ITALIANS WORSHIP NEW YORK CITY as though the Statue of Liberty were the Madonna. So it was little surprise that the opening of the exhibition “New York Minute,” on a recent rainy Saturday night at MACRO Future (a former slaughterhouse), was a smashing social event that attracted a hodgepodge of Roman high society, actors, fashionistas, and art-world denizens.
I had just landed in Rome fresh from the mad crush of Chelsea’s fall art openings, and it was surreal to encounter an American art assault on the Testaccio quarter, which would be—if you can compare the two cities at all—the trendy equivalent to Manhattan’s meatpacking district. The exhibition, curated by Deitch Projects director Kathy Grayson, doubled as a premiere for the Depart Foundation, an institute headed by thirty-four-year-old collector Pierpaolo Barzan, who will soon open a space south of Rome. Touted as a showcase of a tight-knit group of young New Yorkers engaged in “street punk, wild figuration, and new abstraction,” it features sixty artists, many not from New York—nor so very young.
The American invasion began two nights earlier with the opening of Barry McGee’s mesmerizing “Mr. Brown” at Galleria Alessandra Bonomo. The gallery vibrated with works from the San Franciscan’s oeuvre—electric geometrics, clustered framed photos of tags, embellished surfboards, fluorescent orange Ray Fong signatures, and an African-style statuette spray-painting the wall. Afterward, everyone walked across the river to Giorgio and Gaia Franchetti’s enviable Trastevere home, packed with artworks from their awe-inspiring collection, for a plein air dinner. During a tour of the house, New York dealer Jeffrey Deitch was particularly enthusiastic about a pair of drawings by Alighiero Boetti that represent male and female as open or closed scissors. As we entered the chambers of the young Pietrarco Franchetti, we found a separate, rather smoky party under way––a fitting complement to McGee’s show. The hostess simply chuckled and pointed out some of the artworks as we ogled the heavily graffitied staircase.
On Saturday night, the intermittent drizzle that glistened on the Testaccio cobblestones did not deter the masses. (Provocateur terrible Roberto D’Agostino’s blog Dagospia read incredulously: “Six thousand people in line for hours. To enter a disco? No, a museum!”) Apart from an American artist here or there—Patrick Griffin, Ara Peterson, Aurel Schmidt, and Tim Barber among them—the cast of characters at the “New York Minute” opening was entirely Roman, and everyone was decked out in their downtown finest, often with a nod to the ’80s. With tattoos, graffiti, and skateboarding subculture long appropriated by the mainstream, the blessing of the Roman bourgeoisie seems to be the final blow to “street cred.”
Neatly installed in two cavernous spaces, the exhibition offers a balanced mix of works––installations, photographs, paintings, drawings, and a few videos. Full of loud, vibrant stimuli, the show seemed less a cohesive reflection of a movement than an expressionistic aftershock of ’80s East Village street culture, a post-postmodern ghost on acid. Encountering Jim Drain and Peterson’s giant whirling optical Pinwheels, which dominated the entryway like a fun-house obstacle course, Elizabeth Petrovski of the US Embassy crowed, “It makes Andy Warhol look like an amateur.” Tickled pink, an ebullient Deitch observed, “Art should be fun. The art establishment favors depressing artists. But we’re into color—no black, white, or gray.”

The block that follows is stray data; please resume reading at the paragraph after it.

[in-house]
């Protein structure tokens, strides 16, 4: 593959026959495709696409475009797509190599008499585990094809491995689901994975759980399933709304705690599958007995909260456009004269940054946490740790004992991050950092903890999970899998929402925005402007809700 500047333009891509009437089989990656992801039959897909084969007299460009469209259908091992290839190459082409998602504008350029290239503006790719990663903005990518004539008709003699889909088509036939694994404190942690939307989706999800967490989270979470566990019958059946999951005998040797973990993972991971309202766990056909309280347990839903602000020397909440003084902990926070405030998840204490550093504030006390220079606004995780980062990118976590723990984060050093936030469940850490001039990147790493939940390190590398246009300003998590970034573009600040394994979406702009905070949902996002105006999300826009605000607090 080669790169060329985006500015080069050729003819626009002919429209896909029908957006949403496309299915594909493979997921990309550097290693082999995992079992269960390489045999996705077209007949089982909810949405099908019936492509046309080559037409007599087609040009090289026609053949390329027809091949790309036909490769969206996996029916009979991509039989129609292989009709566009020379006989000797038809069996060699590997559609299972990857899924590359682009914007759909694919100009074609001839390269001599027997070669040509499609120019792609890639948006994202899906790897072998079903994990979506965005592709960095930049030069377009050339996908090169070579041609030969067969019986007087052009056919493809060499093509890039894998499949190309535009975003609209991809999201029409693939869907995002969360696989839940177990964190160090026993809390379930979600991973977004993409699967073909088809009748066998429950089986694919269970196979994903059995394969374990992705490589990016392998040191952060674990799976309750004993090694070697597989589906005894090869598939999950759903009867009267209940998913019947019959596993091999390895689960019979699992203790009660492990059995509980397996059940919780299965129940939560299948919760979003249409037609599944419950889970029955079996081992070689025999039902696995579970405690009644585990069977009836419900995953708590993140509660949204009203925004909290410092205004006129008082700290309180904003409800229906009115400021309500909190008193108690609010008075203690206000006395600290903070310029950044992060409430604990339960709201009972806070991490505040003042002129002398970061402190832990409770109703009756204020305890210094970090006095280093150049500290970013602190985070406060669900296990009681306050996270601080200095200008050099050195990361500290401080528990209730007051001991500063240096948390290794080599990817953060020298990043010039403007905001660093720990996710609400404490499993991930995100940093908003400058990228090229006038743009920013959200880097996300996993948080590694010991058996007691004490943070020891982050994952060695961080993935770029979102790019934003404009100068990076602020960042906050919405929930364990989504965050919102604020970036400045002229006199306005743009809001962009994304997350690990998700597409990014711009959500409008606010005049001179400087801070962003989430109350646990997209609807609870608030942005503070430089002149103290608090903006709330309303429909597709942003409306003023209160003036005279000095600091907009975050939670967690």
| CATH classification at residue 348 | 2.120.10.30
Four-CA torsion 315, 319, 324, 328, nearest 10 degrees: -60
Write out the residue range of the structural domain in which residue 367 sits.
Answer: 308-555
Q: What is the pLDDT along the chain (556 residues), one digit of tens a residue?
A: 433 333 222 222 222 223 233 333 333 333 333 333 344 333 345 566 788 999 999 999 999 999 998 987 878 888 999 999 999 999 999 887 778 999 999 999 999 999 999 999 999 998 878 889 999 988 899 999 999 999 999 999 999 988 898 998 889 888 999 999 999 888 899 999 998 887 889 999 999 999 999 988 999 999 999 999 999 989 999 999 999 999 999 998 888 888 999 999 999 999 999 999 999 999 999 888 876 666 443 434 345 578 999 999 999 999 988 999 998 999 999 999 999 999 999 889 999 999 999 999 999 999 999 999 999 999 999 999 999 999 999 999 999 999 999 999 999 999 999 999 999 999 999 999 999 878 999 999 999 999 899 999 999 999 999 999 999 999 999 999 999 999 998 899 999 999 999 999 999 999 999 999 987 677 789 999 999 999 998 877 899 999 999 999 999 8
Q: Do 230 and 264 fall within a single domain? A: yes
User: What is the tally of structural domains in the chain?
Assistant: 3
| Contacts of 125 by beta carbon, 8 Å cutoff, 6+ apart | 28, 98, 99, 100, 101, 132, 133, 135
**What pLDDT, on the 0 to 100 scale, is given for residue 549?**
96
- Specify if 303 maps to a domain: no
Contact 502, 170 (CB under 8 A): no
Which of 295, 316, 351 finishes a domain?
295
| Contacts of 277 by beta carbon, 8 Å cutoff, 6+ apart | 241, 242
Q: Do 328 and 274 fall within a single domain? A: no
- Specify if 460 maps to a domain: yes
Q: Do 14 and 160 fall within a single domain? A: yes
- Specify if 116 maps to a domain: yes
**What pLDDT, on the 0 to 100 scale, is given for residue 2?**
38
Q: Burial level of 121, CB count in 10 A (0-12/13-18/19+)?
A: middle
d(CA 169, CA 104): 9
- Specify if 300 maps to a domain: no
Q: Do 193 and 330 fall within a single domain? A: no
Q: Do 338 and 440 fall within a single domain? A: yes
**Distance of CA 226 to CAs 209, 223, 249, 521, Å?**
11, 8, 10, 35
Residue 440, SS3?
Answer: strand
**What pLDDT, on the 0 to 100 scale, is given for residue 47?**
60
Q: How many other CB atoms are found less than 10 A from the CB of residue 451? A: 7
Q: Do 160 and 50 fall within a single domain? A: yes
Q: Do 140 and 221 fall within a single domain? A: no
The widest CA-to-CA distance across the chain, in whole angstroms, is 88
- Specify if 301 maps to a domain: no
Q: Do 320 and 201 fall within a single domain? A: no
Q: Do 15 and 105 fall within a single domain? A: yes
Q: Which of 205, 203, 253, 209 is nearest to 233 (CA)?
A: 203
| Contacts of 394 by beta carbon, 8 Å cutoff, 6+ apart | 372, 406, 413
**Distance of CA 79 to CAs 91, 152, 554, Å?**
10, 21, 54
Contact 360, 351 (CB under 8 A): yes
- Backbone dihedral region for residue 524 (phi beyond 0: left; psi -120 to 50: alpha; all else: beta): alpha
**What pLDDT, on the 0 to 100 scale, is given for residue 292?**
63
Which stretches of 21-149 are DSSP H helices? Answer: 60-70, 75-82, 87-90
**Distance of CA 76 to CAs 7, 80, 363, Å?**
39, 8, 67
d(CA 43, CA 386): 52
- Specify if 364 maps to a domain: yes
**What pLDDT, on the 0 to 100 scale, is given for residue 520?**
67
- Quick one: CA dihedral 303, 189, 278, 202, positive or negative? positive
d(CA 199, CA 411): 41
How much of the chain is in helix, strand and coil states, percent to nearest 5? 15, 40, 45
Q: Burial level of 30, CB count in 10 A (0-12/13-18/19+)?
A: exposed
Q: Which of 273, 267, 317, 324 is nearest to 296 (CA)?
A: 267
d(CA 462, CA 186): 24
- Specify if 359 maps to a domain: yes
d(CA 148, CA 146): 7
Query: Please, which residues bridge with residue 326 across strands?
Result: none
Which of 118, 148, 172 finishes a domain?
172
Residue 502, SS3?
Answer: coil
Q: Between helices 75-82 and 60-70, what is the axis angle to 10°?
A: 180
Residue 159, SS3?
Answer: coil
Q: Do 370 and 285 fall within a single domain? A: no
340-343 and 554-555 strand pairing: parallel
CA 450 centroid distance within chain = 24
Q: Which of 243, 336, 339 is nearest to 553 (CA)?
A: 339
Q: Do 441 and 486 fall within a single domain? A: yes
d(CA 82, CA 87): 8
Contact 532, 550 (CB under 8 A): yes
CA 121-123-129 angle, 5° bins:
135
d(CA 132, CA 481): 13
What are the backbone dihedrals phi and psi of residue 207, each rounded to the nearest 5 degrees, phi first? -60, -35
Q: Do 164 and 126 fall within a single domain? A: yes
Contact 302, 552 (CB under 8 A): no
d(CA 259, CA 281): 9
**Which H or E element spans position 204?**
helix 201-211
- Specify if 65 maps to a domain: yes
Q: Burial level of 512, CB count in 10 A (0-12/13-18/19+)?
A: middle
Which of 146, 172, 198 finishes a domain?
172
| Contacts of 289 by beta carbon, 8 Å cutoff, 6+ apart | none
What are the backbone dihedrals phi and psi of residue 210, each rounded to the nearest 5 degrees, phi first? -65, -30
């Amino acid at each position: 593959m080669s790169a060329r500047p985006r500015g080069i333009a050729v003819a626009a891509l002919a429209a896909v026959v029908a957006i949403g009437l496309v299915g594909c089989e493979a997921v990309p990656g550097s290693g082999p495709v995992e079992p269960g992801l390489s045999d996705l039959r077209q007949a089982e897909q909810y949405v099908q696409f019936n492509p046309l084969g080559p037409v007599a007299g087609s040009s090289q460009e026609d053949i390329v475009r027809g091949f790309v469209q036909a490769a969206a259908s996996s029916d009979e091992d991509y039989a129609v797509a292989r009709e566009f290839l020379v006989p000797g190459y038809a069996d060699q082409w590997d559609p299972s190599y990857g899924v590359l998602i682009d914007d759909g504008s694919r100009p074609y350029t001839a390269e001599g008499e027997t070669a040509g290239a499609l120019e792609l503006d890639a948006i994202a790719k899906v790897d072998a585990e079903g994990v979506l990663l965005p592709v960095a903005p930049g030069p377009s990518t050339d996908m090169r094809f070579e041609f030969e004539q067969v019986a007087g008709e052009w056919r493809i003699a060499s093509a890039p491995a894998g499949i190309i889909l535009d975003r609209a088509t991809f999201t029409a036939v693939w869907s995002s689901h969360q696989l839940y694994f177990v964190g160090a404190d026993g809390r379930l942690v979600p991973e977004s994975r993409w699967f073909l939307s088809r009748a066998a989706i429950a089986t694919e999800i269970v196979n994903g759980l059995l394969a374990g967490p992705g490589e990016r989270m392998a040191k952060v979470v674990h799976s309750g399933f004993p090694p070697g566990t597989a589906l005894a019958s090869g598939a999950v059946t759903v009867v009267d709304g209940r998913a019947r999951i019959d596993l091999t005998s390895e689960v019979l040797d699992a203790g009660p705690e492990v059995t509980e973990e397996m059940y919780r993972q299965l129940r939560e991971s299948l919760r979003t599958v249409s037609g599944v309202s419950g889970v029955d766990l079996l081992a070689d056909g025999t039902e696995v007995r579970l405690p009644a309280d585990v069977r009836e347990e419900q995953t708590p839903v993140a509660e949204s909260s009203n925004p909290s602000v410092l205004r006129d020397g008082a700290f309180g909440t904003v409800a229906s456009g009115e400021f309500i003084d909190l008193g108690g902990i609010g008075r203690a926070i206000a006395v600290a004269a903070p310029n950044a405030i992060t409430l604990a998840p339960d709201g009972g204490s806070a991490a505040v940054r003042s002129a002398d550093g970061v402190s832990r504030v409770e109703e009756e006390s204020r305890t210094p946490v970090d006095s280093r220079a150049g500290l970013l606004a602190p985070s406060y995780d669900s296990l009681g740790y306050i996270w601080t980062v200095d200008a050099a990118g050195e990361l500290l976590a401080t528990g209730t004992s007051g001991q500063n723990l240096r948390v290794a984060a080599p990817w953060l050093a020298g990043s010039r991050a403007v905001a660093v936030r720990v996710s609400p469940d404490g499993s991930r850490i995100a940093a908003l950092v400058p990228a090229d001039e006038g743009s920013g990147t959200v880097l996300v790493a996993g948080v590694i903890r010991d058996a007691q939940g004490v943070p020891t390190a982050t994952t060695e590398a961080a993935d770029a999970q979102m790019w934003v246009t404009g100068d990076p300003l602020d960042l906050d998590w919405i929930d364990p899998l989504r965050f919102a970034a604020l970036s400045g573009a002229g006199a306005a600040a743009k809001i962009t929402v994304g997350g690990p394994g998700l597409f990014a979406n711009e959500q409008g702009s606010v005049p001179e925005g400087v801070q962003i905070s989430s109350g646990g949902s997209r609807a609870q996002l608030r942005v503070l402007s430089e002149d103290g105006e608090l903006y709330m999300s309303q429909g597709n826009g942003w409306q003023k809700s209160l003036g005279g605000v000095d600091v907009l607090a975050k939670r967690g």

The atmosphere was often more lurid than bright, however, and the shadow of Dash Snow’s recent passing offered a more sober tinge. Fifty enlarged documentary Polaroids by the artist covered a wall at one end of the massive space, where viewers solemnly regarded them in respectful silence. A group of drawings by Schmidt, lushly detailed with gorgeous horror, take the memento mori to its most visceral and fantastic limit. Outside, I caught up with Grayson, who described the exhausting installation process as “a week and a half of Italians screaming at one another.” (She had landed in Rome for the first meeting only to discover that the museum had temporarily closed and that work could not begin as planned.) Artist Kevin Ancell added, “I told them, I’m glad you’re not doing brain surgery on me, or I’d be dead. They shut up for five minutes before they started fighting again.”
Surrounded by partygoers swaying to the music of A.R.E. Weapons, we departed the event craving pizza and found that the neighborhood trattorias were already filled with overflow from the exhibition. Given the present clash between the old and new worlds, it seemed appropriate that we ended up at Pizzeria Nuovo Mondo, where they were cranking pies out by the hundreds. The waiters didn’t know what hit them.
As the rain picked up, we got lost among the clubs around Monte Testaccio, then finally braved the mob at the entrance of the Big Bang, where artist and impresario Spencer Sweeney was DJing the afterparty. Once inside, we found that few of the artists had actually made it in. The mellow crowd was having a lovefest on the dance floor. Grayson slithered to the stage, two drinks in hand, smiling impishly. McGee enthused about the layers of graffiti, both ancient and recent, on the Roman palazzi. Barzan, who was sitting nearby on a ledge with his wife, Valeria, discussed the recent revelation that his town, Grottaferrata, was the site of Cy Twombly’s first studio. We chatted for a while before he noted that he’d heard that seven thousand people had attended the evening’s opening. (The number ended up closer to two thousand.) Not badthough taking the long view, isn’t a New York minute still just a Roman millisecond?